Much of the so-called “King James Only” Bible debate generates more heat than light – from both sides. The tendency of one-upping the other often leads to loose statements that seem to support one’s side, while not reflecting the whole truth of the matter.
An oft-repeated line is that this or that word has “changed meaning” over time and no longer means what it meant in 1611. For example, consider 2 Thessalonians 2:7 and its phrase “letteth will let.”
- 2 Thessalonians 2:7 (KJV) For the mystery of iniquity doth already work: only he who now letteth will let, until he be taken out of the way.
- 2 Thessalonians 2:7 (LEB) For the mystery of lawlessness is at work already; only the one who now restrains will do so until he is out of the way,
- 2 Thessalonians 2:7 (NIV) For the secret power of lawlessness is already at work; but the one who now holds it back will continue to do so till he is taken out of the way.
“Martin Marprelate”[i] tells us “The word ‘let’ in the 17th Century, meant to restrain or hinder; today, of course, it means ‘allow’… the verse means the exact opposite of what the K.J.V. says it means. The N.I.V. (and other modern versions) translate correctly…” He no doubt is sincere in this statement, but it doesn’t pass the smell test.
Meaning hasn’t changed
The meaning of “let” hasn’t evolved from “to hinder” into “to allow” over the course of 400 years. Search and check the King James Bible and you will see “let” has the meaning of “to allow” which was in use in 1611 (even in the same chapter, cf. 2 Thessalonians 2:3, e.g.). According to most dictionaries, both uses of “let” are found in the English language for well over 1000 years. Let still means hinder or restrain.[ii]
Meaning hasn’t been lost
In the case of “let” – and most other accused words in the KJV (all, as far I can tell) – the meaning conveyed in 1611 is still a part of the range of meaning of the word. Some words may be labeled archaic, or rare in present-day speech – but often they are not.[iii] It is not that the “offending” word doesn’t still mean what it meant in 1611, but more often that the “offended” people do not know what is its range of meaning.[iv]
Not the same word
The varying or opposite meanings of the word “let” are not cases of words altering their meaning over time. The “let” that means “to allow” and the “let” that means “to hinder” are homonyms – two different English words that are spelled the same but mean something different. The words each have a different origin or entrance into the English language. From Dictionary.com:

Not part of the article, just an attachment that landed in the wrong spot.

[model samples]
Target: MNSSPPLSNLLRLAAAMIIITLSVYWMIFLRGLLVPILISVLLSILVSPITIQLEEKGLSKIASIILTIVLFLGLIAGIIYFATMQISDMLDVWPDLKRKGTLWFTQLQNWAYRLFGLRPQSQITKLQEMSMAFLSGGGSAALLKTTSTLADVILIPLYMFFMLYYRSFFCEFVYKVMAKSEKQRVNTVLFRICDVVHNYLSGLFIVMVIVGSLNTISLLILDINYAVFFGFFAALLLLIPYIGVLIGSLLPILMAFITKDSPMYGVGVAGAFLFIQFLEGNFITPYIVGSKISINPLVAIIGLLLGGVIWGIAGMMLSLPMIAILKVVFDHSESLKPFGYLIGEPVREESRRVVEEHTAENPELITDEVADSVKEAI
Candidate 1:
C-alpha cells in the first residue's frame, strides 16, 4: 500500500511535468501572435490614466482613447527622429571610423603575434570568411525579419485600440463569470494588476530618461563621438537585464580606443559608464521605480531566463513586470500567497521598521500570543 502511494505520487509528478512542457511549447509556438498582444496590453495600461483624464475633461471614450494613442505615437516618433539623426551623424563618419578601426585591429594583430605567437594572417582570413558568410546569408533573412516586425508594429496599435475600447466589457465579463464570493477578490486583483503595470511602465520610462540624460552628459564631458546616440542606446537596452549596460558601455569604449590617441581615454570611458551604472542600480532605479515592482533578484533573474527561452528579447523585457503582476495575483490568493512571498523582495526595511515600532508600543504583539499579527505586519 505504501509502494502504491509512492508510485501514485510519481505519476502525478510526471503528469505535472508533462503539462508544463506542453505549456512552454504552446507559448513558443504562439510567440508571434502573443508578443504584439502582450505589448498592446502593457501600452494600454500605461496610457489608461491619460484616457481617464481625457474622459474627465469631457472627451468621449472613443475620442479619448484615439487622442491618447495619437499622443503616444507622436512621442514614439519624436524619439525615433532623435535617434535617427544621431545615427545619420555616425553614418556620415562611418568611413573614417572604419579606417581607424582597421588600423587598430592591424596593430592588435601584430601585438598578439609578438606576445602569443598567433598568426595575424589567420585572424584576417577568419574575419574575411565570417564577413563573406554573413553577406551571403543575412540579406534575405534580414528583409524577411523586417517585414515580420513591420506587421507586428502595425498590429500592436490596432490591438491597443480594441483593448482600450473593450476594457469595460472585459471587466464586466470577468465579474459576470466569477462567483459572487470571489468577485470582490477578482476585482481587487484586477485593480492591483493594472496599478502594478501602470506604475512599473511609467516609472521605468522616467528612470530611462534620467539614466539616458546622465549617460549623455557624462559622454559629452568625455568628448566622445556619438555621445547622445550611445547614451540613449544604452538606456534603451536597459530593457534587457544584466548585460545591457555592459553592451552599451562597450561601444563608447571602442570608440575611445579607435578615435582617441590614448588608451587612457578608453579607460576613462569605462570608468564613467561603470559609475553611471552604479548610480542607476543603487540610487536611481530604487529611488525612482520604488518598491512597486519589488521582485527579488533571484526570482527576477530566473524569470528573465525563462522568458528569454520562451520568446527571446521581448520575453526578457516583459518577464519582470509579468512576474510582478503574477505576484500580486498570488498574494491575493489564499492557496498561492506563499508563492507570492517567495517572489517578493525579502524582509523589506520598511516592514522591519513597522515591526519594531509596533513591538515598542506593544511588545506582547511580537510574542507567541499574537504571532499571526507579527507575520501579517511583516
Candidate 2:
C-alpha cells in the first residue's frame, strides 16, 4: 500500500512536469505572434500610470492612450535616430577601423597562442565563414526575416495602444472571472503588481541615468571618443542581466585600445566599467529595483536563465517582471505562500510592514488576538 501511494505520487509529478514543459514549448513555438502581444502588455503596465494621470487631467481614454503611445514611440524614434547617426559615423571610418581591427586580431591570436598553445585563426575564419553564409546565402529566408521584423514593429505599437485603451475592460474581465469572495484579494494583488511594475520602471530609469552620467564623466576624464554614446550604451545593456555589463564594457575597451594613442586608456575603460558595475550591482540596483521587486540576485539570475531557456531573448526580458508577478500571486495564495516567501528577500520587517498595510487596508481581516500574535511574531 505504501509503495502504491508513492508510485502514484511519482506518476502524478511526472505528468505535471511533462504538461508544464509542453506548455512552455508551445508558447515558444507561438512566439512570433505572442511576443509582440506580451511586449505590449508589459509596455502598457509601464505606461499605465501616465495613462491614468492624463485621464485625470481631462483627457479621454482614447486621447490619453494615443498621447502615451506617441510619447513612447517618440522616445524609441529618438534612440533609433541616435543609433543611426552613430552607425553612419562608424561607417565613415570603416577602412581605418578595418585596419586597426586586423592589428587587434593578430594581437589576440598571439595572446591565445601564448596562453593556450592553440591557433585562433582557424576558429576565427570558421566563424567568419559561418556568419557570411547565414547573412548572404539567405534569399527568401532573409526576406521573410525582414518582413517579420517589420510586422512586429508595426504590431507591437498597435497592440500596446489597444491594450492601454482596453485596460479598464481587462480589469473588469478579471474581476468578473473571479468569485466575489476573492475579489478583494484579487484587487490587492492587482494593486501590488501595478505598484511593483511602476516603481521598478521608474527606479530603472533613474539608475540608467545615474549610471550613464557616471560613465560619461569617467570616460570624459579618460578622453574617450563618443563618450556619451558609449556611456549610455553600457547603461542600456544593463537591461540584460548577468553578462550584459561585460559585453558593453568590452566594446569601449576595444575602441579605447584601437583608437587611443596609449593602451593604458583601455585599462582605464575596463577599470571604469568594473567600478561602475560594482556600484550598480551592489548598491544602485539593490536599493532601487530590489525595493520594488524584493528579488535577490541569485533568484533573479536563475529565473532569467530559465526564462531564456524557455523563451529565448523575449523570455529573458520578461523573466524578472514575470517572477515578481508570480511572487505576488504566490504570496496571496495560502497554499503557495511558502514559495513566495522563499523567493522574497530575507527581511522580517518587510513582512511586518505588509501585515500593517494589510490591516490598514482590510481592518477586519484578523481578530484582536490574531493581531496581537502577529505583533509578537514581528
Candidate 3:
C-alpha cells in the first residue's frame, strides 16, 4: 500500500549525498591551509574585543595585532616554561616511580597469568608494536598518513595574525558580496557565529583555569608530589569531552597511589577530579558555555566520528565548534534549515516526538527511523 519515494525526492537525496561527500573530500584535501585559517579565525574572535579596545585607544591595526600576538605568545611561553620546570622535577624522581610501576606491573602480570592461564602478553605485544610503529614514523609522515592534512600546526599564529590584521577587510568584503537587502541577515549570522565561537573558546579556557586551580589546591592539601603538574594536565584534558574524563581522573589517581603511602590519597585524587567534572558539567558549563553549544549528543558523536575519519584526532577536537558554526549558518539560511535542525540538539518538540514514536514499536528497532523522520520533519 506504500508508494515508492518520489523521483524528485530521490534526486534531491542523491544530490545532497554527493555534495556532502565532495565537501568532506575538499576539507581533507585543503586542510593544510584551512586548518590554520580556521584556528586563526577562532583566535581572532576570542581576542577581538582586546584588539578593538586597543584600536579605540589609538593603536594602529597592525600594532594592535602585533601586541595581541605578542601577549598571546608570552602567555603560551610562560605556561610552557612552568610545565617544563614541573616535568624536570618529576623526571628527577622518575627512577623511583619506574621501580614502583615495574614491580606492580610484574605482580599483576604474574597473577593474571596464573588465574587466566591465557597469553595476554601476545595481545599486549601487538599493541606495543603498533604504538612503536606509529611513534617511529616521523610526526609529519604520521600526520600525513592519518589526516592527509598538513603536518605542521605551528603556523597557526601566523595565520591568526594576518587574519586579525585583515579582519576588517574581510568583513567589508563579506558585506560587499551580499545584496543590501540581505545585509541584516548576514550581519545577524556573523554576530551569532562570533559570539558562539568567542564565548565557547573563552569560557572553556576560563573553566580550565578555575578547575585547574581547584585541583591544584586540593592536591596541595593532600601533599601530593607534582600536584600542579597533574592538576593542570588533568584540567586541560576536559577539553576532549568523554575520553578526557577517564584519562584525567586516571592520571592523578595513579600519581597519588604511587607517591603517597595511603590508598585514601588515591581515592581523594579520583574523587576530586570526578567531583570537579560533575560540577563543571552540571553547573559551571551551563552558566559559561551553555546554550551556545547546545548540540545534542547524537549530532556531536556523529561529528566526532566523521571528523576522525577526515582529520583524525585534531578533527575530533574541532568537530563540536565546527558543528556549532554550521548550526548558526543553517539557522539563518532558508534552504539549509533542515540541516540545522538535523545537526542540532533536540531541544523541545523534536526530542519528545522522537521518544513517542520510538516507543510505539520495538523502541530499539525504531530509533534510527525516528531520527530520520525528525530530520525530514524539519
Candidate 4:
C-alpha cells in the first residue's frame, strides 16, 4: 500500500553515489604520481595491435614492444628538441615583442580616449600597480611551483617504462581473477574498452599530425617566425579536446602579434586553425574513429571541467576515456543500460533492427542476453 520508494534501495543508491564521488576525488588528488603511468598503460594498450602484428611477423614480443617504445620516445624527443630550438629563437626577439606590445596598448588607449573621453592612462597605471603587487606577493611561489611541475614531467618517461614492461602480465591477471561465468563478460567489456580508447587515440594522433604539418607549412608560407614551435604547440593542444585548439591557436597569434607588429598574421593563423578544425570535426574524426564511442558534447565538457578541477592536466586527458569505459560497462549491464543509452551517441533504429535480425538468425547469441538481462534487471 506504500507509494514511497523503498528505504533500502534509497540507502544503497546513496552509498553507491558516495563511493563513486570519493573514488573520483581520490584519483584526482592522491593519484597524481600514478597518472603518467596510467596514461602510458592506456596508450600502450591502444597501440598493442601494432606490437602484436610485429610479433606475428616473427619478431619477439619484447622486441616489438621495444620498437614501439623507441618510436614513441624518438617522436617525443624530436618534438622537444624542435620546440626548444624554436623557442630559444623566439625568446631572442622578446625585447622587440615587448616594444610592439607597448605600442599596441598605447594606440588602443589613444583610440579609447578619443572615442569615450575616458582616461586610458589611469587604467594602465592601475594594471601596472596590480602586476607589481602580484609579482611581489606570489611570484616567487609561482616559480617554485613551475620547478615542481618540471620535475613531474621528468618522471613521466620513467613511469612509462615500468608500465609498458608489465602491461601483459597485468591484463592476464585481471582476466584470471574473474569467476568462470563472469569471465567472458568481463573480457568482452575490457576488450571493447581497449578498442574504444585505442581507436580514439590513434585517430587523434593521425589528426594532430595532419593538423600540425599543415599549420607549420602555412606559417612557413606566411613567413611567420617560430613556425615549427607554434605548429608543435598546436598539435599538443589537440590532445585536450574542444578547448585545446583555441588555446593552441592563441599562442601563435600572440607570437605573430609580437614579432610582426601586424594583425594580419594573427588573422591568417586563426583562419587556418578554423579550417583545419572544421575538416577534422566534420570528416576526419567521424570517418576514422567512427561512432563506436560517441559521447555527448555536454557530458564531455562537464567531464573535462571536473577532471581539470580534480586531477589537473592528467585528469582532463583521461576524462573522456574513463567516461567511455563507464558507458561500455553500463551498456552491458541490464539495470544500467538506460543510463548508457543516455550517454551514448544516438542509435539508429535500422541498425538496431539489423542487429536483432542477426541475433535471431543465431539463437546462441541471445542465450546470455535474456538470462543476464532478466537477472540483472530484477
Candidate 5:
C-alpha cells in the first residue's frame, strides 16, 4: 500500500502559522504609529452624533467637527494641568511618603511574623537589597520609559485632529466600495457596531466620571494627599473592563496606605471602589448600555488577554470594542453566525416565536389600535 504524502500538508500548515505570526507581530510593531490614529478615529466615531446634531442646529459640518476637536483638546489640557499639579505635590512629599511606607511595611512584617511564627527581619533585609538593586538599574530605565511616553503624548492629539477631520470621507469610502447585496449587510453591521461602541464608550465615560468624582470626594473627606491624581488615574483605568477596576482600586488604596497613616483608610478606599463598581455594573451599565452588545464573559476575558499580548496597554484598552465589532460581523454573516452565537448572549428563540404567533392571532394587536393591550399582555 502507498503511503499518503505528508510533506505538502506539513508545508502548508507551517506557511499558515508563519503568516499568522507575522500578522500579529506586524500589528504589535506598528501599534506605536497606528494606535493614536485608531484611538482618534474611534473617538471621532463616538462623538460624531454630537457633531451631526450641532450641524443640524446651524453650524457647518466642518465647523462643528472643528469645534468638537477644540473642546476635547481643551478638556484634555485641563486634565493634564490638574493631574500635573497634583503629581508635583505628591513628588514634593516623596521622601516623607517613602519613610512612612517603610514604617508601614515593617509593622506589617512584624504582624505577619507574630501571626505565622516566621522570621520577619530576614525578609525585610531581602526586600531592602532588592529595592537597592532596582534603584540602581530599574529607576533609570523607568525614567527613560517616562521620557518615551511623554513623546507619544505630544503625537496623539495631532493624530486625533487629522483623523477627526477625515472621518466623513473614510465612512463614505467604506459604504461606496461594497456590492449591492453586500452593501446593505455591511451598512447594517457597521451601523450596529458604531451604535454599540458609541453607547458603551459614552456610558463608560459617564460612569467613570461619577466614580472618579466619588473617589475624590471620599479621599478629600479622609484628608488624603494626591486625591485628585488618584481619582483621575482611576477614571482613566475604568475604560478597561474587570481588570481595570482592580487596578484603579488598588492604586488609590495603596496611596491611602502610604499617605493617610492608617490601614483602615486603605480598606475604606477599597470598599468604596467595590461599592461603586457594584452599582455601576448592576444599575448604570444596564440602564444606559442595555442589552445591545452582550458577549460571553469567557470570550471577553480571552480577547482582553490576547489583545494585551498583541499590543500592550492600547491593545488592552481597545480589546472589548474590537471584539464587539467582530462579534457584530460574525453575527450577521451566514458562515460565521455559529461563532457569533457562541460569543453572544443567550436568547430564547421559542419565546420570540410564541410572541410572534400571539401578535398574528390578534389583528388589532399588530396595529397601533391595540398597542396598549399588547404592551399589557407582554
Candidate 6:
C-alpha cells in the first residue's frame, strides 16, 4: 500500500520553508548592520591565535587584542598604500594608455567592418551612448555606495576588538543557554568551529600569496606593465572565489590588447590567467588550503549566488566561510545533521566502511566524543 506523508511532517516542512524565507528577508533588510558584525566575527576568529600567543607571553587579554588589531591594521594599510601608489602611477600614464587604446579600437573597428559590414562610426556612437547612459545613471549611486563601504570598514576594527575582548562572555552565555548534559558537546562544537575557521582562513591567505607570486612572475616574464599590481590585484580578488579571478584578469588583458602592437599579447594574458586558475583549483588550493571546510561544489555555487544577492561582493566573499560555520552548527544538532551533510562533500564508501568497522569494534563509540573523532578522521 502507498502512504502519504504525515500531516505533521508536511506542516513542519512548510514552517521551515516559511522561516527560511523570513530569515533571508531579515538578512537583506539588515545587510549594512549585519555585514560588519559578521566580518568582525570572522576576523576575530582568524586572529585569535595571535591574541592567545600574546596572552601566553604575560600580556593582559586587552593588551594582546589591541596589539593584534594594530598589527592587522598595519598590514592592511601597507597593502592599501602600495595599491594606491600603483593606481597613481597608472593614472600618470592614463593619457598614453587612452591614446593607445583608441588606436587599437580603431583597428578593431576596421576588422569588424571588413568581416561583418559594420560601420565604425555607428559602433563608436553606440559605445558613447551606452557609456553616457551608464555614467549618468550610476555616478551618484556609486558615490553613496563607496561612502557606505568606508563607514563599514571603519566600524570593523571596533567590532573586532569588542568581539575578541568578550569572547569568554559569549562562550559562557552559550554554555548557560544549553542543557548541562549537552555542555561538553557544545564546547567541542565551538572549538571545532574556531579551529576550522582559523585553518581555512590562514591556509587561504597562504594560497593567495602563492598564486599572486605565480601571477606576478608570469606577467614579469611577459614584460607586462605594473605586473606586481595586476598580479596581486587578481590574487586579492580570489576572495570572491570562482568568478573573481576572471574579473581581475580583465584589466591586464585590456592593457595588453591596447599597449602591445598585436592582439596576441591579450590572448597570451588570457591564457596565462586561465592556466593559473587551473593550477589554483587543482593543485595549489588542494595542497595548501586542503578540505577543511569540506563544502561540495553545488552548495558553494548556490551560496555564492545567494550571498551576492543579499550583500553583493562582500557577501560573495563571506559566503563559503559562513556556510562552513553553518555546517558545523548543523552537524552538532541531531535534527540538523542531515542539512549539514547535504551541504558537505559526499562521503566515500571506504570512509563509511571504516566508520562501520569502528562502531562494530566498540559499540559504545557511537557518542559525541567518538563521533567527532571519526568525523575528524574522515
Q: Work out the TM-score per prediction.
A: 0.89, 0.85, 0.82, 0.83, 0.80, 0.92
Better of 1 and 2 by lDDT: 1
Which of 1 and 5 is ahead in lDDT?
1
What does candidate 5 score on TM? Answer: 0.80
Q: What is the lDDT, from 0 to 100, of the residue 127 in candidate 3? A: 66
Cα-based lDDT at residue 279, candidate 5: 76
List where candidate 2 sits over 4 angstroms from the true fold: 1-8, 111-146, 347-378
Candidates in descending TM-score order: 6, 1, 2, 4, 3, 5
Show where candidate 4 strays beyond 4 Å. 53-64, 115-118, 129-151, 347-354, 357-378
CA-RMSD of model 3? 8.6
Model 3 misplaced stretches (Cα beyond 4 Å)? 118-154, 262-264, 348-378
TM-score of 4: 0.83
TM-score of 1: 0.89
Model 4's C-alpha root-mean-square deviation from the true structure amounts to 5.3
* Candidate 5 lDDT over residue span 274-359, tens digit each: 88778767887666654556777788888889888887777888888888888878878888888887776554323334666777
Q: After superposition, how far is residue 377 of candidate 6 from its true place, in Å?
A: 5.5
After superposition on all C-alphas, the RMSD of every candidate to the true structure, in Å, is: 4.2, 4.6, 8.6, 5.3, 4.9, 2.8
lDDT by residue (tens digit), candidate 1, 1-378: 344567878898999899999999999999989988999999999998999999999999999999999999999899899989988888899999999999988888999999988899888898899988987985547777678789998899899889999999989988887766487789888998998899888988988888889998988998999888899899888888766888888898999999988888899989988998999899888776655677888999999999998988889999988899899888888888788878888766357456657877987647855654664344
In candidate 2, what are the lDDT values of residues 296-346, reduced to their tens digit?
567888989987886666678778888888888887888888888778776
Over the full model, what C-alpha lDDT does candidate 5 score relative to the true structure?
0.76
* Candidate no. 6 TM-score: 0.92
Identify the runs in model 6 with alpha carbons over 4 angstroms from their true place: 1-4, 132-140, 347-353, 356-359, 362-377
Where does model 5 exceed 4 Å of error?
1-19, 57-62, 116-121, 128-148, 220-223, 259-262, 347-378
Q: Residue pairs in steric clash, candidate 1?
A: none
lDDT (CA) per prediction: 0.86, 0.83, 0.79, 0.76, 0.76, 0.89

Let 1 before 900; Middle English leten, Old English lǣtan;cognate with Dutch laten, German lassen, Old Norse lāta, Gothic lētan; akin to Greek lēdeîn to be weary, Latin lassus tired.
2 before 900; Middle English letten (v.), lette (noun; derivative of the v.), Old English lettan (v.), derivative oflæt slow, tardy, late; cognate with Old Norse letja to hinder
What meaneth all this? Certainly those who advocate for updated translations are not let from doing so. Let them go ahead. But in doing so, may they understand correctly and advocate honestly that most often (if not always) their advocacy should be from other grounds – such as the expediency of the modern vernacular – rather than a claim that the meaning of the word has supposedly changed.
[i] An internet nom de plume.
[ii] I do not assert that “hinder” is the common meaning we attach to “let” in current usage – just that it does mean hinder or restrain. In addition to specific usage in the King James Bible, the meaning “to hinder” or “to restrain” is still current in specialized uses in tennis and law – and well as the Church of England’s Book of Common Prayer (in “The Collect for The Fourth Sunday in Advent”).
[iii] The online dictionary I most commonly use, Dictionary.com, gives “to hinder, prevent, or obstruct” as a meaning of “let.” It labels it as archaic, but archaic does not mean that a word does not mean that given definition. It means it does have that meaning, but is not often commonly used in speech.
[iv] Meaning is determined by use, context, etc. and dictionaries define all the meanings that go with usages and contexts (with the exception of when language change gets ahead of the dictionary).